Last year, with the case of Ansin v. Craven-Ansin, 457 Mass. 283 (2010) (Ansin), the Massachusetts Supreme Judicial Court (SJC) joined “the majority of States to address the issue” and became the latest to articulate standards by which to recognize the validity and enforceability of “marital” agreements (also known as post-nuptial agreements). Now retired Chief Justice Margaret H. Marshall, the decision’s author, noted that Ansin presented a “long-deferred question of first impression.” Id. at 288, citing Fogg v. Fogg, 409 Mass. 531, 532 n.2 (1991) (where, nineteen years earlier, the SJC left “to another day” the question of whether marital agreements were valid, as the agreement there did not get beyond the “threshold requirement” of being free from fraud).
Justice Marshall included Ansin among her most important decisions when announcing her retirement shortly after its release. The decision and the analysis that forms it are an indication of the respect that courts across the country now have for married peoples’ right and freedom to contractually order and decide their own financial interests in the absence of a present intention to dissolve their marriage. “[A] marital relationship need not vitiate contractual rights between the parties.” Ansin, 457 Mass. at 288. As defined by the American Law Institute, to which the SJC looked for guidance in Ansin, a “marital agreement” is “an agreement between spouses who plan to continue their marriage that alters or confirms the legal rights and obligations that would otherwise arise under [the State’s applicable divorce statutes] or other law governing marital dissolution.” American Law Institute, Principles of Family Law and Dissolution: Analysis & Recommendations § 7.01(1)(b) (2002) ( “ALI Principles”).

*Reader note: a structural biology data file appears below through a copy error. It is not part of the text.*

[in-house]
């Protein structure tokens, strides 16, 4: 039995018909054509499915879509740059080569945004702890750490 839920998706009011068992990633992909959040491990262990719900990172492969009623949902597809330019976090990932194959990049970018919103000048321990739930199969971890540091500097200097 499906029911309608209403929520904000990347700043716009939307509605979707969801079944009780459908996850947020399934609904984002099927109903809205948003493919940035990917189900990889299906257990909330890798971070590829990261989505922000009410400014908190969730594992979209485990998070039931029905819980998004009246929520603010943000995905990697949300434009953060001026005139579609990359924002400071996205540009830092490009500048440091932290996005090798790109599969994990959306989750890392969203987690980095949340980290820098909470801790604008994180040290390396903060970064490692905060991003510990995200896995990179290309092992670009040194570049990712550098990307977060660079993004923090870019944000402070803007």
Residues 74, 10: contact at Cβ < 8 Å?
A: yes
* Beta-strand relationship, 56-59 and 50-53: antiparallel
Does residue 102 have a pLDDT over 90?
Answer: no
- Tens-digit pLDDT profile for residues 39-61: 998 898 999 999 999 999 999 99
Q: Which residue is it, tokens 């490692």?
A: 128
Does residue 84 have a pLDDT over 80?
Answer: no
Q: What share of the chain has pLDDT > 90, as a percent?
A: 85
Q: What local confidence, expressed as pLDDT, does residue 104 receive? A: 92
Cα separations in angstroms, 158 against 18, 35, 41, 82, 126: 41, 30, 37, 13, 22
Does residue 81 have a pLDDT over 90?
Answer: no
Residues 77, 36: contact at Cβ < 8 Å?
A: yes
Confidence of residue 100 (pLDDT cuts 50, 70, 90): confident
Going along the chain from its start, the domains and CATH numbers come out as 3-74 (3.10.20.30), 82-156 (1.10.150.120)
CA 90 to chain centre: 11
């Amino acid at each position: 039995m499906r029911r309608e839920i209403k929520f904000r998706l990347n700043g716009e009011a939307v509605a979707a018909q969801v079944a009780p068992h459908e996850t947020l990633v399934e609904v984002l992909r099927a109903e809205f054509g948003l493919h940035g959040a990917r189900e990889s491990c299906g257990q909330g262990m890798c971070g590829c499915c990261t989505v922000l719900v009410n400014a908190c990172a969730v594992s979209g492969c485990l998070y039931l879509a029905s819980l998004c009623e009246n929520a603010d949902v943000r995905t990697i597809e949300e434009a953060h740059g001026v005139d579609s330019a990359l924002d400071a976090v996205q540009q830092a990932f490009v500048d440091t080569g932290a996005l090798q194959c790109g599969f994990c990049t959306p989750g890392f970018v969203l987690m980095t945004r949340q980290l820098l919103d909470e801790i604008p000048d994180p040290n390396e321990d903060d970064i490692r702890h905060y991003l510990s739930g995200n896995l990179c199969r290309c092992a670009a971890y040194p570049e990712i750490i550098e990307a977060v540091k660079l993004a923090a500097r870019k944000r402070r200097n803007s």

While acknowledging that marital agreements are not the product of arms length negotiations, the SJC rejected any assumption that such agreements are “innately coercive” and typically entered into amid threats of divorce or are induced by illusory promises of remaining in a failing marriage. Recognizing, however, that circumstances in which marital agreements are formed may be “pregnant” with opportunity for one party to use the threat of dissolution to bargain into a position of advantage, the Court articulated a duty of “absolute fidelity” between spouses and set forth a two-part analysis that may be the most “rigorous” of any state. The Court expressly distinguished marital agreements from both premarital agreements, where the unmarried parties have a greater freedom to reject, and separation agreements, where the separating spouses deal with more self interest and against the backdrop of a permanent dissolution of their marriage. With the safeguards of its analysis in place, the SJC granted that marital agreements provide useful opportunities to inhibit dissolution of marriages and to protect the interests of children from prior relationships.